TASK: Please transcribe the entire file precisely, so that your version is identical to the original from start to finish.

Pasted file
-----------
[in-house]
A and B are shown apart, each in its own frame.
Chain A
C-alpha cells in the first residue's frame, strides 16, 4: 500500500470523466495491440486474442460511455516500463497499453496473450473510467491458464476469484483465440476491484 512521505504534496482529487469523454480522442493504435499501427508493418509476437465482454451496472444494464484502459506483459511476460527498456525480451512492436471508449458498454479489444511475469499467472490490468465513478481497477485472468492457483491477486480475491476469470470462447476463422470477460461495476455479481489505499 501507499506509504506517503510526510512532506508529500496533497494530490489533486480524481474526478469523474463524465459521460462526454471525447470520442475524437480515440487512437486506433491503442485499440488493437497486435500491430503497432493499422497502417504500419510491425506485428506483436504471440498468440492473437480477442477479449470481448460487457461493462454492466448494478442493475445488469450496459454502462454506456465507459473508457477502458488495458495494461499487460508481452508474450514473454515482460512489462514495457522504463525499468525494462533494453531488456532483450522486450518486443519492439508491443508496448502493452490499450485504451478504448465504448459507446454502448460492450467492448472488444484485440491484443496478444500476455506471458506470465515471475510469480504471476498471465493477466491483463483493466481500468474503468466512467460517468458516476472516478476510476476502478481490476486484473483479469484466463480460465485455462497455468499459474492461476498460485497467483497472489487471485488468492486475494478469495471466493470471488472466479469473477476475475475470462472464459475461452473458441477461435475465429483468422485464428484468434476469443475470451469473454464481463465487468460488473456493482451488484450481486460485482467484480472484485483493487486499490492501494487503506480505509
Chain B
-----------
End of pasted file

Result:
[in-house]
A and B are shown apart, each in its own frame.
Chain A
C-alpha cells in the first residue's frame, strides 16, 4: 500500500470523466495491440486474442460511455516500463497499453496473450473510467491458464476469484483465440476491484 512521505504534496482529487469523454480522442493504435499501427508493418509476437465482454451496472444494464484502459506483459511476460527498456525480451512492436471508449458498454479489444511475469499467472490490468465513478481497477485472468492457483491477486480475491476469470470462447476463422470477460461495476455479481489505499 501507499506509504506517503510526510512532506508529500496533497494530490489533486480524481474526478469523474463524465459521460462526454471525447470520442475524437480515440487512437486506433491503442485499440488493437497486435500491430503497432493499422497502417504500419510491425506485428506483436504471440498468440492473437480477442477479449470481448460487457461493462454492466448494478442493475445488469450496459454502462454506456465507459473508457477502458488495458495494461499487460508481452508474450514473454515482460512489462514495457522504463525499468525494462533494453531488456532483450522486450518486443519492439508491443508496448502493452490499450485504451478504448465504448459507446454502448460492450467492448472488444484485440491484443496478444500476455506471458506470465515471475510469480504471476498471465493477466491483463483493466481500468474503468466512467460517468458516476472516478476510476476502478481490476486484473483479469484466463480460465485455462497455468499459474492461476498460485497467483497472489487471485488468492486475494478469495471466493470471488472466479469473477476475475475470462472464459475461452473458441477461435475465429483468422485464428484468434476469443475470451469473454464481463465487468460488473456493482451488484450481486460485482467484480472484485483493487486499490492501494487503506480505509
Chain B